Jayson Blair documentary presents old news
April 8, 2014
Journalism seemed to be Jayson Blair’s calling, beginning with his position as editor of his high school newspaper. Soon after, he won a coveted internship at The New York Times, where he would work as a reporter for several years before his plagiarism caught up with him.
One of the very few African-American writers in the publication, Blair rose above his colleagues in a remarkable way. In April 2003, a scandal arose, which brought to light several instances in which Blair had plagiarized articles. The situation became more controversial when the newspaper was accused of ignoring Blair’s behavior in order to maintain staff diversity.
Filmmaker Samantha Grant has now made a documentary about this issue, “A Fragile Trust: Plagiarism, Power, and Jayson Blair at The New York Times.”
Viewers leave the film understanding the moral of the story — plagiarism never pays off. However, it is confusing whether Grant is sharing Blair’s side of the story, attempting to convey the evils of plagiarism, showcasing the vulnerabilities of the best newspaper in the world or shedding light on the issue of affirmative action.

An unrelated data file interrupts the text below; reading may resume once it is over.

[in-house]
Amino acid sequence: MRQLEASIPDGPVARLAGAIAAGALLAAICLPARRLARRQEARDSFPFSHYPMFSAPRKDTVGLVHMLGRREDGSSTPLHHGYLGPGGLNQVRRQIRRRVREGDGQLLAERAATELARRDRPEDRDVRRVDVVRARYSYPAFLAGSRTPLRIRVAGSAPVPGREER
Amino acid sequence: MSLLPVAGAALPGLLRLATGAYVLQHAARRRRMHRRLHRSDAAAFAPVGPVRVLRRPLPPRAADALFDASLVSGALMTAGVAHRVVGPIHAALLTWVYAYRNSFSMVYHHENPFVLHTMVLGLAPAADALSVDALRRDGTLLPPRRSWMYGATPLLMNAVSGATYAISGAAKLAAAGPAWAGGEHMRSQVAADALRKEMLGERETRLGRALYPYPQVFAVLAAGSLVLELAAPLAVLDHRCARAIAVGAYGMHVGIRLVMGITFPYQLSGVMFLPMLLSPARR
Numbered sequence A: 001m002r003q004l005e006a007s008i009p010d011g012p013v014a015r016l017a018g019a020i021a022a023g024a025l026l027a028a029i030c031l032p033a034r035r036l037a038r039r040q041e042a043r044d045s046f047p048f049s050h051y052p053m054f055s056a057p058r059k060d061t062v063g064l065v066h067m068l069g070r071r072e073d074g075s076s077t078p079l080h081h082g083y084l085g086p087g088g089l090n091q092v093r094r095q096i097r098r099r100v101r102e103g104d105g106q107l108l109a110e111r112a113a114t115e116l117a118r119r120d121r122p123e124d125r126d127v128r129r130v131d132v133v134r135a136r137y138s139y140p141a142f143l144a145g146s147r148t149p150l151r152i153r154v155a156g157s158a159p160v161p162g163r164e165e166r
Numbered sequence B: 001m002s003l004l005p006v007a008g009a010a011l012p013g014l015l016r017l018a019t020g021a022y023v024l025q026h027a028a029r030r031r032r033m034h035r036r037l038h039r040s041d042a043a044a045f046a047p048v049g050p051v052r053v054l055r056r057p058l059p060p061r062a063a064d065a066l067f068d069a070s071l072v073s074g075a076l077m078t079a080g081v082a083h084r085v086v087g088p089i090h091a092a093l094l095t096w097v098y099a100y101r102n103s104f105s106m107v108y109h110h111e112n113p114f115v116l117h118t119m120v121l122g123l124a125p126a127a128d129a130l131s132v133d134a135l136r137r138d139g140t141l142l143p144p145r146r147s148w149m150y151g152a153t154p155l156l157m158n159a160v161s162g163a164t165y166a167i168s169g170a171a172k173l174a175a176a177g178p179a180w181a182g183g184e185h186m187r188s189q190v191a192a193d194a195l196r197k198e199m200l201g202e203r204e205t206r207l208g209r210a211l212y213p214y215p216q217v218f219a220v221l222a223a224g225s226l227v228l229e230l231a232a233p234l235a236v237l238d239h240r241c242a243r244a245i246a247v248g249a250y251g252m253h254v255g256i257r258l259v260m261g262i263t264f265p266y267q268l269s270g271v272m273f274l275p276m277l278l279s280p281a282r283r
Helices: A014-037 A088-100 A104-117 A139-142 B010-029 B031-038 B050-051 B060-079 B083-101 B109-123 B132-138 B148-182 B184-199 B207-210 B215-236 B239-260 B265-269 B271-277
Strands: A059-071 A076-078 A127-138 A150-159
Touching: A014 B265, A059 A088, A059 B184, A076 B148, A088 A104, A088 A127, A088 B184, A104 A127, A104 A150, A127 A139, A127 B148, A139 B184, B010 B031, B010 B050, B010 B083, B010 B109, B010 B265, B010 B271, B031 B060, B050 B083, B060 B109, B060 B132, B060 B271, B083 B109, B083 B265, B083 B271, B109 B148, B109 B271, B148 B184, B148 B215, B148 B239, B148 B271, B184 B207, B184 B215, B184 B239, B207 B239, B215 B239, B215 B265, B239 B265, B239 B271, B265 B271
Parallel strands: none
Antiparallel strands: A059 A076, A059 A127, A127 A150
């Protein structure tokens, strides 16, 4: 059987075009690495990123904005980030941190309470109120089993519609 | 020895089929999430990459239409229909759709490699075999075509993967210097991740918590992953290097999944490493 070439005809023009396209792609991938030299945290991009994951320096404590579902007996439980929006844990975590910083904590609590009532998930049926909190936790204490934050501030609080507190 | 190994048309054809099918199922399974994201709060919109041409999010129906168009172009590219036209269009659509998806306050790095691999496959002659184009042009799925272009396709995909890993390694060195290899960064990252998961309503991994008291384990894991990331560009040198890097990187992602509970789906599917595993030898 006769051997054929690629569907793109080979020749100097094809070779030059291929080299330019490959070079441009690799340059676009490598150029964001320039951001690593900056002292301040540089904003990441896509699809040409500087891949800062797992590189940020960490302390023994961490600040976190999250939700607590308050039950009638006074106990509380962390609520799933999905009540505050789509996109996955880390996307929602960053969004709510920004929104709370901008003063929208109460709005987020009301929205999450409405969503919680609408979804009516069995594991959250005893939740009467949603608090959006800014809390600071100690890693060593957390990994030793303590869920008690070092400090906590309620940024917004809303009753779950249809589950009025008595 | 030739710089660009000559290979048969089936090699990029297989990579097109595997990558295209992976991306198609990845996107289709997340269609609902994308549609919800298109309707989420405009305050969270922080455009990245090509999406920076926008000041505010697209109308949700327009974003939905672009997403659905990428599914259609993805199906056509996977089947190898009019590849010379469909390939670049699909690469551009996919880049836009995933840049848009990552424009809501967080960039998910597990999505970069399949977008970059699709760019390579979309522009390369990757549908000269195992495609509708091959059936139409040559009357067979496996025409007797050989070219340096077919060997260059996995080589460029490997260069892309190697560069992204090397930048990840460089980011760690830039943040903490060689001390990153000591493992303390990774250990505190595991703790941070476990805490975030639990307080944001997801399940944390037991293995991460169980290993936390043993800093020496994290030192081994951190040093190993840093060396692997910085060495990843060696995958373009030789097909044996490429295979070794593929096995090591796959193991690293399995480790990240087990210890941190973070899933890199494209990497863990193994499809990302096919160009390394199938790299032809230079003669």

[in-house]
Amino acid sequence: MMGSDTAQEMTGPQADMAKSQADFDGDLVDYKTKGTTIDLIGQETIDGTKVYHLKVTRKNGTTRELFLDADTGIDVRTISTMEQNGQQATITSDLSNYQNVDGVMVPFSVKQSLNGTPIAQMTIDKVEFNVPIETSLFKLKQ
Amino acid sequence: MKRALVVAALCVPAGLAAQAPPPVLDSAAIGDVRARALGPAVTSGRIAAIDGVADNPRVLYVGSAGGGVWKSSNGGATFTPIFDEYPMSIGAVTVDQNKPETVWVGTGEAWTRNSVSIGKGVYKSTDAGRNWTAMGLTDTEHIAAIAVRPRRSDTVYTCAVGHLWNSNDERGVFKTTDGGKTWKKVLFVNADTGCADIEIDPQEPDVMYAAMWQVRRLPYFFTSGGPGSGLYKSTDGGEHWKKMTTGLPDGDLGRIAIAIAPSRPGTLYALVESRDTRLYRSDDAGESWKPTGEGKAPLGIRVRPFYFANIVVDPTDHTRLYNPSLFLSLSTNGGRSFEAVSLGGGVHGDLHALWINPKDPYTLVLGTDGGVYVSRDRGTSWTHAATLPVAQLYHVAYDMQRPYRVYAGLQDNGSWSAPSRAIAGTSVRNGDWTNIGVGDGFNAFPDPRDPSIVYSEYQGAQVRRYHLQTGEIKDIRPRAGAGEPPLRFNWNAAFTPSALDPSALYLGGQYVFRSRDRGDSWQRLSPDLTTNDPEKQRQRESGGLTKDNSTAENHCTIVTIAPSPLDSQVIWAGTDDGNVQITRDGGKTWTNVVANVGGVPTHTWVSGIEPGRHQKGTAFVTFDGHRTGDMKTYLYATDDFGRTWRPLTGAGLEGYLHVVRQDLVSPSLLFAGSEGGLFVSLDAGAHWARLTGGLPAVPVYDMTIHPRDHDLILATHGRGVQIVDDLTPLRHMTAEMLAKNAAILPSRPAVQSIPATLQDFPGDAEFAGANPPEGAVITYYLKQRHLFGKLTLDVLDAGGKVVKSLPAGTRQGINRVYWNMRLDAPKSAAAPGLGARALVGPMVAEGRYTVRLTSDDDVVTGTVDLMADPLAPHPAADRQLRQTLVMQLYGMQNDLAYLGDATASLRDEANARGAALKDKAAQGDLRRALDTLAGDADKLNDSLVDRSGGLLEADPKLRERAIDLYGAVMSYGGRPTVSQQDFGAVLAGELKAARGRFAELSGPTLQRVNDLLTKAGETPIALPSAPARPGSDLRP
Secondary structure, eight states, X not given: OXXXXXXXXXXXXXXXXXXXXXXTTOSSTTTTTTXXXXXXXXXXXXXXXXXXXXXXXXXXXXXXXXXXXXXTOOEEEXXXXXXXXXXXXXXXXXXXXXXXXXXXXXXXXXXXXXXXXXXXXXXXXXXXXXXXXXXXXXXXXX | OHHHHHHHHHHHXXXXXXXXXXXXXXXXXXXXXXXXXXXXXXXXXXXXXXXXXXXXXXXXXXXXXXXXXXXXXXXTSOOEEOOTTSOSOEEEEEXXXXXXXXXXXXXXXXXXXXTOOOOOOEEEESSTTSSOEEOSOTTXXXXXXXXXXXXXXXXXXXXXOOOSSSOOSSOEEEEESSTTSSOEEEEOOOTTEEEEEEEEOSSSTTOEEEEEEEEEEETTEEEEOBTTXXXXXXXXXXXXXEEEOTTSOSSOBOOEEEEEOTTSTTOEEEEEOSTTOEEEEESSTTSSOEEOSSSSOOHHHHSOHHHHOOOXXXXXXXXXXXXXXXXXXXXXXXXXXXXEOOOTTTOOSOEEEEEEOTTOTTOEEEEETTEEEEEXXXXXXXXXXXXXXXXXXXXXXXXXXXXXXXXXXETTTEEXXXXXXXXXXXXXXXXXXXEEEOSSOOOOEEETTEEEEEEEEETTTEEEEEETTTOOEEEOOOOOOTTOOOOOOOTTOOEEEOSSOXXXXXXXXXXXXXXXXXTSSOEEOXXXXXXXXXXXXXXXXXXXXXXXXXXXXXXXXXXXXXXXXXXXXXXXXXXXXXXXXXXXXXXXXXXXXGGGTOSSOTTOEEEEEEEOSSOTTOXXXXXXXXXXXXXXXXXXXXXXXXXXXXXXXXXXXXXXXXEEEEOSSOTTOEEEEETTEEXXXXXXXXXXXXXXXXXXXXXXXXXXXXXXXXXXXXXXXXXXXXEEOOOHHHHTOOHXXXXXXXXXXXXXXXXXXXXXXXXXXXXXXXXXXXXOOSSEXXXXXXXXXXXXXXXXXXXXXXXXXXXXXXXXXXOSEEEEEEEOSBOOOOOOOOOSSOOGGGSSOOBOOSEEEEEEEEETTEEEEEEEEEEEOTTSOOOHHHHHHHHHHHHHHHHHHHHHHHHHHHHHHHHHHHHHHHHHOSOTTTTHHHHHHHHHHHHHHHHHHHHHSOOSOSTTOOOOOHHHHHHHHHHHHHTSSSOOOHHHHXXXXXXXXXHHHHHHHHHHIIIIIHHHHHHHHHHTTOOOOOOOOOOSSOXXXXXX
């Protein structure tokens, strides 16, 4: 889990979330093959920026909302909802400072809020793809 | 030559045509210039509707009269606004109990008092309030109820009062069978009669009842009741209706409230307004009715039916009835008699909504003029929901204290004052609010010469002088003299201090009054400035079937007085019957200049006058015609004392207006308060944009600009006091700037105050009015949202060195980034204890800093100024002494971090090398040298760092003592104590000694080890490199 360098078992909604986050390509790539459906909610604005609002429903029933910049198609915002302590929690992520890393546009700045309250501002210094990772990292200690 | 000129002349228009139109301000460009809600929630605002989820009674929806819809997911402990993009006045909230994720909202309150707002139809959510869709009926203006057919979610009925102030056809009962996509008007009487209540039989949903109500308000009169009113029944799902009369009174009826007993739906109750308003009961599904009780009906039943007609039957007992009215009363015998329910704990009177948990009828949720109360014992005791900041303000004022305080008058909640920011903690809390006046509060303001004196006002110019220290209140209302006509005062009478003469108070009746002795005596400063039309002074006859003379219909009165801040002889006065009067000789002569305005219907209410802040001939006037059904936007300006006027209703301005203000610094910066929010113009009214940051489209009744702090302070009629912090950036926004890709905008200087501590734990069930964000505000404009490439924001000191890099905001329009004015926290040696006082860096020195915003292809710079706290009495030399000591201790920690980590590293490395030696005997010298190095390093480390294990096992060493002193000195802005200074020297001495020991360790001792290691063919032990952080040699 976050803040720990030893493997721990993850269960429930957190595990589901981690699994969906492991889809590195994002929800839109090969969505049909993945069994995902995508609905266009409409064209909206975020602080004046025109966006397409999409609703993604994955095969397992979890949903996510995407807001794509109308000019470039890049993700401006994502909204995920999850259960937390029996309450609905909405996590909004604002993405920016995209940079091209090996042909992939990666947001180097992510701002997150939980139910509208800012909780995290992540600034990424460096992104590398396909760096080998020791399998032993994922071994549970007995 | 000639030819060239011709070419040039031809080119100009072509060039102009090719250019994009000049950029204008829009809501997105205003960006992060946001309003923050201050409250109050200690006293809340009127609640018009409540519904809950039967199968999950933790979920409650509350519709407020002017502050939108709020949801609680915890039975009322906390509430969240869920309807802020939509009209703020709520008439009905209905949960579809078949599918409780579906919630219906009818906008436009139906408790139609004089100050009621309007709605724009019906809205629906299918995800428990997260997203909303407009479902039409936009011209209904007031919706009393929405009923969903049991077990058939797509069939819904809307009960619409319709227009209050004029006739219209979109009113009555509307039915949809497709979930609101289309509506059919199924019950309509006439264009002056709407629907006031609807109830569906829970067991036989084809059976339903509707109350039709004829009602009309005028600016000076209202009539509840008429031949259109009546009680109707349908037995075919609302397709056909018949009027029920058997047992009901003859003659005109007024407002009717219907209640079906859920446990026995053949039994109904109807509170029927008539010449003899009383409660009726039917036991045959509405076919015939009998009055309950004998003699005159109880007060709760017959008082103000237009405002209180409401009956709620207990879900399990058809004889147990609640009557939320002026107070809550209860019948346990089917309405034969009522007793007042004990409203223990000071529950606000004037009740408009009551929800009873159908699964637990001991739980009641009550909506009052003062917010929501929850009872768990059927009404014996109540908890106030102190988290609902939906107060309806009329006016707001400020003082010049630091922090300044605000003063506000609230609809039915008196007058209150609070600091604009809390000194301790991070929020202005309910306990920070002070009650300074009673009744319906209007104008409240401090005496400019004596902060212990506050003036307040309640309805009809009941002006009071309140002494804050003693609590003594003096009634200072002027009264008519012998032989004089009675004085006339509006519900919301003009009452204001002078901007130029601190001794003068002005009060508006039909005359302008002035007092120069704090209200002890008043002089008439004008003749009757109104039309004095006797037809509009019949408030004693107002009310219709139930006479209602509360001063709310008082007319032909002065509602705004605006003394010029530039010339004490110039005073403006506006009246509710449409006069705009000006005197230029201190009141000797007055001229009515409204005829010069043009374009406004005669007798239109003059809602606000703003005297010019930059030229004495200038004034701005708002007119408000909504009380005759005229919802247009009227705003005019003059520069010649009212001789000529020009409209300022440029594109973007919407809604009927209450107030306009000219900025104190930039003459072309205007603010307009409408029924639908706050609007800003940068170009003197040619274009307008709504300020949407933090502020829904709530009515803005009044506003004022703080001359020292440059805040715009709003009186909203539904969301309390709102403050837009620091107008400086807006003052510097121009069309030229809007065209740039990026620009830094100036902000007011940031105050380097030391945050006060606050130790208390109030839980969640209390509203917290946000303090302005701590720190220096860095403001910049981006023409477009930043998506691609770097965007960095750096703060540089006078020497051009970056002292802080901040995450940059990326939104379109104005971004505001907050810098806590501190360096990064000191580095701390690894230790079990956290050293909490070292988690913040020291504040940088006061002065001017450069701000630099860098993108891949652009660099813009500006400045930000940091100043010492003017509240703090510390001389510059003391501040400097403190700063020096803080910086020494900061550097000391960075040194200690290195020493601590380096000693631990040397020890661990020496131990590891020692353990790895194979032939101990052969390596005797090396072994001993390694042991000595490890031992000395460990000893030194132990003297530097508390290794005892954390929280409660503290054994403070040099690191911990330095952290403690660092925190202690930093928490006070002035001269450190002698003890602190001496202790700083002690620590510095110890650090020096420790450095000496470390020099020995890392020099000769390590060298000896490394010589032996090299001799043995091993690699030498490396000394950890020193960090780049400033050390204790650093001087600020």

“A Fragile Trust” deserves merits for its creativity in the documentary genre, but it lacks in originality and fails to keep the viewer’s focus.
The stylistic elements of this documentary set it apart from other works in the genre. The interview style is very honest and a little discomfiting — especially those with Blair himself who could not look at the camera or his interviewer directly in the eye.
In addition, during long anecdotes, parts of the story are re-enacted in black and white animation, which serve as a useful pause between segments of heavier material. The movie portrays periods before, after and during Blair’s plagiarism scandal. Though not in chronological order, the structure is easy to follow.
Inevitably, Grant’s work draws comparisons with another story of plagiarism in the high ranks of journalism — “Shattered Glass,” a 2003 fictionalized account of a similar plagiarism scandal at The New Republic, centered around reporter Stephen Glass.
In fact, “Shattered Glass” was mentioned in the documentary by an interviewee. The influence of “Shattered Glass” is deeply felt in the creation of this project.
Though the film lacks originality — which sets it apart from “Shattered Glass” — “A Fragile Trust: Plagiarism, Power and The New York Times” sheds light on plagiarism, serving to warn all journalists about that dark, unending road.
A version of this article appeared in the Tuesday, April 8 print edition. Kathy Dimaya is a contributing writer. Email her at firstname.lastname@example.org.